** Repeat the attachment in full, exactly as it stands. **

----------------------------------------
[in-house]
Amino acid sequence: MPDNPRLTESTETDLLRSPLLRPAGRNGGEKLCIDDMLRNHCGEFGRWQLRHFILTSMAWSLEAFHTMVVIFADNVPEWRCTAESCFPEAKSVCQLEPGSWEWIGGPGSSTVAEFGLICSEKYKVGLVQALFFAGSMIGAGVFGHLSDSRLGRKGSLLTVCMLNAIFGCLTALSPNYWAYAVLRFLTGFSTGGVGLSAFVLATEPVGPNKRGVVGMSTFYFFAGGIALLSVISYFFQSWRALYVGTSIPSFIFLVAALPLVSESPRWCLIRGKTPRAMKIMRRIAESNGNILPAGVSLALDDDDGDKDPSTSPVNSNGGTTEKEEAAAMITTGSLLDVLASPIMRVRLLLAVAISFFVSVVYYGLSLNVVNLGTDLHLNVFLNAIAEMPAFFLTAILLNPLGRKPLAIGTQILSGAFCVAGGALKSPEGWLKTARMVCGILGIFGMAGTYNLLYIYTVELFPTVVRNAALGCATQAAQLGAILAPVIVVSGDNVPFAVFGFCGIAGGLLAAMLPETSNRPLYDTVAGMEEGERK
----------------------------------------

[in-house]
Amino acid sequence: MPDNPRLTESTETDLLRSPLLRPAGRNGGEKLCIDDMLRNHCGEFGRWQLRHFILTSMAWSLEAFHTMVVIFADNVPEWRCTAESCFPEAKSVCQLEPGSWEWIGGPGSSTVAEFGLICSEKYKVGLVQALFFAGSMIGAGVFGHLSDSRLGRKGSLLTVCMLNAIFGCLTALSPNYWAYAVLRFLTGFSTGGVGLSAFVLATEPVGPNKRGVVGMSTFYFFAGGIALLSVISYFFQSWRALYVGTSIPSFIFLVAALPLVSESPRWCLIRGKTPRAMKIMRRIAESNGNILPAGVSLALDDDDGDKDPSTSPVNSNGGTTEKEEAAAMITTGSLLDVLASPIMRVRLLLAVAISFFVSVVYYGLSLNVVNLGTDLHLNVFLNAIAEMPAFFLTAILLNPLGRKPLAIGTQILSGAFCVAGGALKSPEGWLKTARMVCGILGIFGMAGTYNLLYIYTVELFPTVVRNAALGCATQAAQLGAILAPVIVVSGDNVPFAVFGFCGIAGGLLAAMLPETSNRPLYDTVAGMEEGERK